FLORHAM PARK, N.J. -- This could be the end for LaDainian Tomlinson.
The Jets running back is a free agent after this season, and he acknowledged that the regular-season finale Sunday at Miami could be the last game of his career if New York does not make the playoffs.
"There's definitely the thought that this possibly could be because you never know how things shake out," Tomlinson said Thursday. "For me, it just depends on the situation. I've said that before. I would love to keep playing, but if the situation is not right, then I won't. And this possibly could be my last game."
Tomlinson signed a two-year deal with the Jets in 2010 after nine record-breaking seasons with the San Diego Chargers. When asked if he would hypothetically accept the veterans' minimum salary to return to the Jets, Tomlinson smiled and made it clear he would want more.
"I've got kids, man," he said with a laugh. "I mean, I don't know. It would be hard for me to do that. It's never been about the money for me. It really hasn't. But at some point, you have to close that chapter if it just doesn't line up. So I'm just going to wait and see what happens."
That means the 32-year-old Tomlinson would be willing to play elsewhere in 2012, but will talk to his family and agent in the offseason before deciding on what he wants to do.
"I'm open to anything," he said. "It doesn't have to be here. It could be another place. I'm just open to playing football."
Tomlinson would want to play only for a team that has a shot at a championship -- the reason he chose Rex Ryan and the Jets nearly two years ago.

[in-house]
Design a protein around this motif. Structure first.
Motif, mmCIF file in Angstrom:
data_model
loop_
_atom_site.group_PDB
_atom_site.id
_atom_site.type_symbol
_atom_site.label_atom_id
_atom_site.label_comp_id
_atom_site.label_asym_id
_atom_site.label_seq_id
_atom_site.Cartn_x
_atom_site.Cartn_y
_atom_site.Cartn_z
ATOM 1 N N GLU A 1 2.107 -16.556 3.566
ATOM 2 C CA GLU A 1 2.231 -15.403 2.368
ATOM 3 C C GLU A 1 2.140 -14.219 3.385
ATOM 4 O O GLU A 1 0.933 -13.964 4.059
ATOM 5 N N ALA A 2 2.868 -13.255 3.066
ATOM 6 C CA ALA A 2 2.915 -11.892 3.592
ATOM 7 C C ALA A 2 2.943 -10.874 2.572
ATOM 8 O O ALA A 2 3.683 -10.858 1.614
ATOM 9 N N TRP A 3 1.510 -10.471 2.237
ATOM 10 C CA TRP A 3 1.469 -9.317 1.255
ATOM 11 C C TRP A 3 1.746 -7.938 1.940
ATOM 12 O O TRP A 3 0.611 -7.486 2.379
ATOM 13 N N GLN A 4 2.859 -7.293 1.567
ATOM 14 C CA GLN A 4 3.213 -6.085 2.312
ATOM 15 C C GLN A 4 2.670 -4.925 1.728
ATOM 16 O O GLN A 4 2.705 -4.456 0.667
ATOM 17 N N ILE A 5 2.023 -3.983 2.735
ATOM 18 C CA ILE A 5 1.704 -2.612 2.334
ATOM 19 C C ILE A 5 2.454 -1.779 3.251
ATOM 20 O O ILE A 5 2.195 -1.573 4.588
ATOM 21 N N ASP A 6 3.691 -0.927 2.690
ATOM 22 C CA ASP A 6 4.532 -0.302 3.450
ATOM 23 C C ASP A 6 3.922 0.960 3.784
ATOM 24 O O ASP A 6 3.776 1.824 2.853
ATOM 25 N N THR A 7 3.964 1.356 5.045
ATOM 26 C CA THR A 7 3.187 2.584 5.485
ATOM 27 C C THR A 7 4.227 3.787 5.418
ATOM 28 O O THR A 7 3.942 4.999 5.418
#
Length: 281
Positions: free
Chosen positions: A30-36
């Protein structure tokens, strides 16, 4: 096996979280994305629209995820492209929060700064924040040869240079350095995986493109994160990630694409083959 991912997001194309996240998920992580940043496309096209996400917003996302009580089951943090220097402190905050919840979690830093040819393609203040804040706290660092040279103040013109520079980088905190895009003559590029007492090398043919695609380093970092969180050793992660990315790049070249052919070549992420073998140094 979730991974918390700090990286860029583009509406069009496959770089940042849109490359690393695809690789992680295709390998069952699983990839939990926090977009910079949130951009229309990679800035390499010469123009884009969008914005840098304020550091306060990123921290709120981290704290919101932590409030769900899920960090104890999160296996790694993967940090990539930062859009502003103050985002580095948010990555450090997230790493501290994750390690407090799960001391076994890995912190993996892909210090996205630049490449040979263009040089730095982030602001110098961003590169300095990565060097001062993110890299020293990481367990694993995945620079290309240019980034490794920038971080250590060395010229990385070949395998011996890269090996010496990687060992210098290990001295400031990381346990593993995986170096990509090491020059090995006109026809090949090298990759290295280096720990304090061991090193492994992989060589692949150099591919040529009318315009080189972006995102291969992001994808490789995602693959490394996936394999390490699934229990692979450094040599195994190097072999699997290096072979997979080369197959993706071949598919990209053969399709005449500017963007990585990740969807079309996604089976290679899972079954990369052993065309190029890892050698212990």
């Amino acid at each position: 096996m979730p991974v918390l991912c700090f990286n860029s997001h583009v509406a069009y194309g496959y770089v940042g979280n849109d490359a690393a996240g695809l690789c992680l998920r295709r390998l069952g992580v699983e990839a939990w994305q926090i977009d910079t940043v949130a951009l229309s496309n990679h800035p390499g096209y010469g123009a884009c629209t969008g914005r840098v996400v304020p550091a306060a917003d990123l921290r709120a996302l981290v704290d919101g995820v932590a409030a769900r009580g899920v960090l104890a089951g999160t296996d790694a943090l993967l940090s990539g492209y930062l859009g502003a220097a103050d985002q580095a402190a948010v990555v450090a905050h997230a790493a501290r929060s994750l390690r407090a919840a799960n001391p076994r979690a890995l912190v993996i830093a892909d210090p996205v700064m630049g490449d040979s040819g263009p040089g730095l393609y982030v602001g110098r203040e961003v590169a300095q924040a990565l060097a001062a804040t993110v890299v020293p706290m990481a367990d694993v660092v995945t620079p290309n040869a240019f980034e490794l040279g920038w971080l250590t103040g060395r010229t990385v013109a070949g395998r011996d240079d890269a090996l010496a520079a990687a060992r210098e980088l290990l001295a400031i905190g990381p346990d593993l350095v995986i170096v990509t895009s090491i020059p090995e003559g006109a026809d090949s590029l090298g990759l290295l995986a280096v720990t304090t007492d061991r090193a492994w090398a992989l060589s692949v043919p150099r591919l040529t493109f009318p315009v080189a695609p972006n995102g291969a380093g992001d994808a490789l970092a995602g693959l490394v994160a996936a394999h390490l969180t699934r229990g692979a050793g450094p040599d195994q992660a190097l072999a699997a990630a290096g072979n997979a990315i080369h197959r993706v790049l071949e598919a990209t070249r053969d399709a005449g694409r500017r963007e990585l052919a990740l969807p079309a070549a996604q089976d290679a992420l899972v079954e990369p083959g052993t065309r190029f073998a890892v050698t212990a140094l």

"Speaking off the top of my head, obviously, I've played this game a long time," he said. "I don't want to go to someone that's going to lose every week. That's not going to be fun."
McCoy feels better
BEREA, Ohio -- Colt McCoy didn't want to relive any of what happened to him three weeks ago.
It's not clear if he remembers that night in Pittsburgh.
The Browns' young quarterback wants to move on from a concussion that ended his season, spawned a controversy and prompted the NFL to do more to treat injured players.
Sporting a newly grown beard, McCoy said Thursday that he's "feeling better" and making progress from the concussion he sustained on Dec. 8 from a helmet-to-helmet hit delivered by Steelers linebacker James Harrison. McCoy, who has not been medically cleared to practice since he was blasted by Harrison, refused to answer questions about what he recalls from the hit or what transpired in its aftermath.
McCoy, though, did praise Cleveland's medical staff for its handling of his concussion despite the team not testing him for a head injury on the sideline and sending him back in the game after sitting out just two plays.
"Our medical staff does an outstanding job and that should never be in question," said McCoy, speaking for the first time since he was diagnosed with the concussion.
Around the league
*Steelers quarterback Ben Roethlisberger says he'll be on the field Sunday for Pittsburgh's regular season finale against the Cleveland Browns as long as he can deal with the pain of his sprained left ankle. Roethlisberger, who sat out last Sunday's win over St. Louis to rest his ankle, practiced again Thursday. If Roethlisberger can't play, Charlie Batch is available.
*Vikings running back Adrian Peterson has scheduled surgery to repair his left knee. Dr. James Andrews will perform the operation today in Alabama, six days after Peterson tore the anterior cruciate and medial collateral ligaments in his knee while being tackled in a game against the Washington Redskins
*The Bengals are dropping the prices of upper-deck tickets for 2012, trying to fill Paul Brown Stadium on a regular basis. Cincinnati had to offer two-for-one tickets to sell out its final game Sunday against Baltimore. A win by the Bengals (9-6) would get them in the playoffs for only the third time in the past 21 years. The Bengals have sold out only two games at 65,500-seat Paul Brown this season.